I'll end this section by suggesting another way to specify complex filenames. The GNU version of find offers a set of options that let you specify filenames as regular expressions. You have to be careful here, because the most common metacharacters in regular expressions (* and ?) look just like the metacharacters in file globbing, which we have been using. But they behave differently.

The basic regular expression option is -regex, and a case-insensitive option in -iregex. So either of the following commands match .JPG and .JPEG files in GNU find:

$ find pics -iregex '.*\.jpe?g' -print
$ find pics -iregex '\(.*\.jpeg\|.*\.jpg\)' -print

The BSD version of find offers a -regex option that I find too poor in features to be useful.

Good Times and Bad Times

Now we'll look at the highly flexible and useful time options. Our challenge is this:

  • I suspect that somebody maliciously changed a file somewhere. How do I find every file that changed during the past 6 hours?

To find all the files on the system that changed during the past 6 hours, we have to explore Unix timestamps. Normally three timestamps are maintained on every file and directory, and they are simplistically described as follows:

Access time—Updated whenever a file is read—for instance, if you open a PDF with a PDF reader. Some systems turn off checks for access time, because it’s time-consuming for the system to update this timestamp on every read of a file.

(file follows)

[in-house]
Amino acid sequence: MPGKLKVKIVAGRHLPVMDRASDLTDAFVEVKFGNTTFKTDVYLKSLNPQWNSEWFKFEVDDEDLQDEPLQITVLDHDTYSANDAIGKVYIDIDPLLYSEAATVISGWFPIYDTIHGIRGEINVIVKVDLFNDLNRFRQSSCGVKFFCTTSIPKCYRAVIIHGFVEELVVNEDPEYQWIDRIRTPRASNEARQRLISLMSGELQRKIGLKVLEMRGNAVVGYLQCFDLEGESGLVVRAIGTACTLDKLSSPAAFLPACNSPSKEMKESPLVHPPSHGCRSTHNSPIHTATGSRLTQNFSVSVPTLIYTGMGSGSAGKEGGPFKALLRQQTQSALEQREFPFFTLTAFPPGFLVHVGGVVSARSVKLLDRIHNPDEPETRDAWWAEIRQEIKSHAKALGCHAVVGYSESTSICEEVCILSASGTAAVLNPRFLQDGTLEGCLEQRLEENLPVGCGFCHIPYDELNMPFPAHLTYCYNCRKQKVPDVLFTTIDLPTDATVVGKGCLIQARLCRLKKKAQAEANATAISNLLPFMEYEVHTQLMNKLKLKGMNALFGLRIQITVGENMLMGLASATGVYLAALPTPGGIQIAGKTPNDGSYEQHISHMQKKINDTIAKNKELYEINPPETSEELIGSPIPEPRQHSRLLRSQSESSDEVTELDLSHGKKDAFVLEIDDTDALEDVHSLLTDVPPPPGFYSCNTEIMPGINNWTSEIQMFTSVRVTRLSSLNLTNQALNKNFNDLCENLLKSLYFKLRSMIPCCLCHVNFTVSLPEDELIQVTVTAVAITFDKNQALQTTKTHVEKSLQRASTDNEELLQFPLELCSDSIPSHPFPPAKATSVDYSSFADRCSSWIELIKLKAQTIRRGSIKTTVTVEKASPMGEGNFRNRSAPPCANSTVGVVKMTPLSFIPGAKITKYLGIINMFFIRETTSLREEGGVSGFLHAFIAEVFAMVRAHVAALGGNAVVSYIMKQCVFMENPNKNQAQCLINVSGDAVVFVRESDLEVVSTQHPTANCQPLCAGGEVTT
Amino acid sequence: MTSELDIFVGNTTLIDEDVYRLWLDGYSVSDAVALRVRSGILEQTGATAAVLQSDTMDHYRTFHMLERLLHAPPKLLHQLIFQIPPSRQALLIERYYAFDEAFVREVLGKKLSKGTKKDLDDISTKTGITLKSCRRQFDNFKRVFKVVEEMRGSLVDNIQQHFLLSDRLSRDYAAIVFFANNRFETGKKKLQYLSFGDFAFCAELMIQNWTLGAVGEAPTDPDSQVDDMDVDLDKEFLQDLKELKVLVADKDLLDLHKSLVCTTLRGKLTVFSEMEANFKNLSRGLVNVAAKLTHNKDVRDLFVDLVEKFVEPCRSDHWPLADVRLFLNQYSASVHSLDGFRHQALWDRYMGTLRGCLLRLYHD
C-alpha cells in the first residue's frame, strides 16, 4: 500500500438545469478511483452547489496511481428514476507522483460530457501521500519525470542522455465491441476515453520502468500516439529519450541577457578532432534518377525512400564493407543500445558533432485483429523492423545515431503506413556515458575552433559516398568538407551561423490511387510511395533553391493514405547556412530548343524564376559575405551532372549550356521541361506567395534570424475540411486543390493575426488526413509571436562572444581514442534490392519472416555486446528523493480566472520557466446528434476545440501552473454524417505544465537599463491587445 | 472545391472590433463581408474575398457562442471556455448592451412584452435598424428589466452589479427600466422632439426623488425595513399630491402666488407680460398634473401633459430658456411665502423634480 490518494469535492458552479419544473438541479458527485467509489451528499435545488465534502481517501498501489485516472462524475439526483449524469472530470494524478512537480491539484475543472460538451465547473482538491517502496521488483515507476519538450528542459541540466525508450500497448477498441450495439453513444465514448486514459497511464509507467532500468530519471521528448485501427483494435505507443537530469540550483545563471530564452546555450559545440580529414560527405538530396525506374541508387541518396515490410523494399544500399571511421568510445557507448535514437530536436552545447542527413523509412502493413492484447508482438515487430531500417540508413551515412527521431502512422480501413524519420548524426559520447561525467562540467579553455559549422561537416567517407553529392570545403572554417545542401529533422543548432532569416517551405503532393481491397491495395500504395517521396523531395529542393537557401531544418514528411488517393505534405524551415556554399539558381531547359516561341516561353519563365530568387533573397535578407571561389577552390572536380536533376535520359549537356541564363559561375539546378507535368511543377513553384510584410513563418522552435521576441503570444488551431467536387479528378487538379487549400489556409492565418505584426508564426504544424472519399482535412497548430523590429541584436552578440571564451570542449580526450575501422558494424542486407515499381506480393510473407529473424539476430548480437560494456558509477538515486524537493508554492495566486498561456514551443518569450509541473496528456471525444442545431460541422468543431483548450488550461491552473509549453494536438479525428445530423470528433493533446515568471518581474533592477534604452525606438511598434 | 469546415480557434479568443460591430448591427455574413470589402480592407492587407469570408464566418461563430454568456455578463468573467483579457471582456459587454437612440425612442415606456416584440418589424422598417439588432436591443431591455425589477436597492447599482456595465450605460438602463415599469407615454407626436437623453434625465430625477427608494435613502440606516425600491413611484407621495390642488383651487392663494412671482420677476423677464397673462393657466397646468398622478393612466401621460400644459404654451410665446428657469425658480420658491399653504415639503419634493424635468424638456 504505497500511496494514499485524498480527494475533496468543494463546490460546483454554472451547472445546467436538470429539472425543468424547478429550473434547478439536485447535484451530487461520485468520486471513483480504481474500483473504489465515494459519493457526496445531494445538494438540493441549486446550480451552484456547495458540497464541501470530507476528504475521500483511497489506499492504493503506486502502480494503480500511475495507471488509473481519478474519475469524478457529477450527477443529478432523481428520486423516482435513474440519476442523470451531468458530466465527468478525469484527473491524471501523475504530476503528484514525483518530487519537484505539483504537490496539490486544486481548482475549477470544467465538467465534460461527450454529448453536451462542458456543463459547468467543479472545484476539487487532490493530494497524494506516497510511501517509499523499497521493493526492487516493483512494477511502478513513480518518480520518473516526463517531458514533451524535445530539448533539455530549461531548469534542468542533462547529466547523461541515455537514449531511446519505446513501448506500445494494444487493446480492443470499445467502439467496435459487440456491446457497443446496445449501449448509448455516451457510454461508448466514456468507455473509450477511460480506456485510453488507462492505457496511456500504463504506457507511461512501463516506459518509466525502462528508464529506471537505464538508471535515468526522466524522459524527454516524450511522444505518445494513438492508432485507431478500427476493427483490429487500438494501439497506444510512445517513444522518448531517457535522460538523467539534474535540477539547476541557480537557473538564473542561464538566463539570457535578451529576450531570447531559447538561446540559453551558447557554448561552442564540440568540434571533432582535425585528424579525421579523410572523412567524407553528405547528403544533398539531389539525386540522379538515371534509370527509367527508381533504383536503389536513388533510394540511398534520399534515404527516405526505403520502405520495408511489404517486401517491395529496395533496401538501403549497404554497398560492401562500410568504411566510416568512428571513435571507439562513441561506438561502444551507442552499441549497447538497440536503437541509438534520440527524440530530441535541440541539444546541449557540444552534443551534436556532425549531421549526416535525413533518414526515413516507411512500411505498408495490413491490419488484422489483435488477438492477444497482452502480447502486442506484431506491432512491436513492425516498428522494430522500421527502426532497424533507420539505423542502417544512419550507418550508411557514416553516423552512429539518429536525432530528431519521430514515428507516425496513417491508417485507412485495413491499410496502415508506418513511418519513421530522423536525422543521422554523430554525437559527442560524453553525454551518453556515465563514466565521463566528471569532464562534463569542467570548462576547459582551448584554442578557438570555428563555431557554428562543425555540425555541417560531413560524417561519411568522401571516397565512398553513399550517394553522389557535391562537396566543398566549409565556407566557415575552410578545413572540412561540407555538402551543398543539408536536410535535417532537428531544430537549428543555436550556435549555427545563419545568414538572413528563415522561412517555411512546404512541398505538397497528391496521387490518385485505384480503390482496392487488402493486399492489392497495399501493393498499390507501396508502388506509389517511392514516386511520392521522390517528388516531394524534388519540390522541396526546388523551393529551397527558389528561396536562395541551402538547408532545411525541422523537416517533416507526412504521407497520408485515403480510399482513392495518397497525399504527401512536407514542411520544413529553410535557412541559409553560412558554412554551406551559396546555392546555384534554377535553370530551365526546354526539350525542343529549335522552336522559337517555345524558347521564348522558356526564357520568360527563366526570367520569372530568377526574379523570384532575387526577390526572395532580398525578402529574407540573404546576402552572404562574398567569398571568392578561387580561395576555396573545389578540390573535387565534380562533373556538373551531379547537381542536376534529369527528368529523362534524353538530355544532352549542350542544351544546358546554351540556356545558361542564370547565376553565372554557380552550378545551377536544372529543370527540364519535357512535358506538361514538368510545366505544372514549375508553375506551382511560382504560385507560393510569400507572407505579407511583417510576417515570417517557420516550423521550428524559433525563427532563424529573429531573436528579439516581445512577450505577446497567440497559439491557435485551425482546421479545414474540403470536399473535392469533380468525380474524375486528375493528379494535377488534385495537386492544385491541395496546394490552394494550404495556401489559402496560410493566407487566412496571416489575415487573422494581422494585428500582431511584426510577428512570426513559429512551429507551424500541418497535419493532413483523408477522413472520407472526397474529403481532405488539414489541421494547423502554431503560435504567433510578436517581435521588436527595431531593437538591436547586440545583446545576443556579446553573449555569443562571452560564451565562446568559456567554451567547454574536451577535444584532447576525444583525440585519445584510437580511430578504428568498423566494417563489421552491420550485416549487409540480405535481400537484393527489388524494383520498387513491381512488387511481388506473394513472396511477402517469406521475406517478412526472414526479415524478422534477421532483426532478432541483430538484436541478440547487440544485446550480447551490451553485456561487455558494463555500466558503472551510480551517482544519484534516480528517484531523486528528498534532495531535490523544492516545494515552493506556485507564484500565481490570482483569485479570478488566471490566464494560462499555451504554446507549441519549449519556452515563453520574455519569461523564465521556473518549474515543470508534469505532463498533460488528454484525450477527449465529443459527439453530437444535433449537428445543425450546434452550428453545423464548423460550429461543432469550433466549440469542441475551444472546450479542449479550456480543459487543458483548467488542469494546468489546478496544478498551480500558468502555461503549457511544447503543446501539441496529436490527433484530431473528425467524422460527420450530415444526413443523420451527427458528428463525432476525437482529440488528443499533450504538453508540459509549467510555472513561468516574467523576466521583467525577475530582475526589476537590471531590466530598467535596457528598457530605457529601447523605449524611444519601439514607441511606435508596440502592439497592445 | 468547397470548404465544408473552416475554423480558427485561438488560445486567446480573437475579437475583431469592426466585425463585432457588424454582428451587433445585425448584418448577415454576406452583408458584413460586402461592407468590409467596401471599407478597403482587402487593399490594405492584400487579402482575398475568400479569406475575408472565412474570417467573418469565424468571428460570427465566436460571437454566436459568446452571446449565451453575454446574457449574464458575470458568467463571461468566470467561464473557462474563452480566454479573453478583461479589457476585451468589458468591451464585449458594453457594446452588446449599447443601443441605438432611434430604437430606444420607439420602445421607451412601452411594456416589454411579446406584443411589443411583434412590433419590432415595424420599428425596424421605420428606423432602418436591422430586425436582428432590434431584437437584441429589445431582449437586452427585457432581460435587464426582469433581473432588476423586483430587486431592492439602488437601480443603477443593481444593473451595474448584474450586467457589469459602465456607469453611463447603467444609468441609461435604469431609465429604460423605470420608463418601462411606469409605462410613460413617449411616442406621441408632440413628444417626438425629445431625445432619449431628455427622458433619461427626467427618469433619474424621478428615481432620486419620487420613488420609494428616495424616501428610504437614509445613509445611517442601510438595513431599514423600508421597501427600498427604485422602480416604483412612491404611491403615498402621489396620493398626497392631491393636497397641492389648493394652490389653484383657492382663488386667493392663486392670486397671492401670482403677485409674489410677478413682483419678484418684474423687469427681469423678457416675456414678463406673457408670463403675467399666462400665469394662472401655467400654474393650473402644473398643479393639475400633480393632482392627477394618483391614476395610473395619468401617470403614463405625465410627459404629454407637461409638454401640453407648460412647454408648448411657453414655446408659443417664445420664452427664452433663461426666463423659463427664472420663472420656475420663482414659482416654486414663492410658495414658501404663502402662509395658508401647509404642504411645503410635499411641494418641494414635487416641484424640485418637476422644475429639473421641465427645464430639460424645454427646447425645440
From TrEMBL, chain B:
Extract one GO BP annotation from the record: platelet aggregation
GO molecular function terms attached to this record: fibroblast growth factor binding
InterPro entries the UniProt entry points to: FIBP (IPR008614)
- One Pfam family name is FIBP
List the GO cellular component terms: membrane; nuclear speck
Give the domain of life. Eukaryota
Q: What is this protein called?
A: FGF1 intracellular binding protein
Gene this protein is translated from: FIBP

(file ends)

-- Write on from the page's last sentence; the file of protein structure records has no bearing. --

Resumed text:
Change time—Updated whenever the metadata of a file changes—for instance, if you change the owner or permissions.

Modification time—Updated whenever the content of a file changes--for instance, if you edit and save it.

You can't really understand the differences between these timestamps without running some experiments. They vary not only from one operating system to another but also from one filesystem to another on the same operating system. On GNU/Linux filesystems, they are pretty intuitive. But to get a sense of how they can trip you up, consider some experiments I ran on a  Mac stocked with the Apple File System (APFS). The details aren't important. The point is that you can make serious mistakes by guessing what leads to a timestamp change. Test your filesystems carefully before you design your find command.

  • When I open a document in a PDF reader or the LibreOffice office suite, the access time is immediately modified, as you'd expect. But when I open a file with vi or Emacs, the access time remains unmodified. The Mac doesn't seem to track those programs.
  • If I edit and save a file, whether with LibreOffice, vi, or Emacs, all three timestamps are modified.
  • The mv and cp commands, if they leave the target file in the same directory, change only the change time, not the modification time—even though the contents of the file could be totally different! Interestingly, these commands change all three timestamps on the directory that contains the file (but not on any of its parents).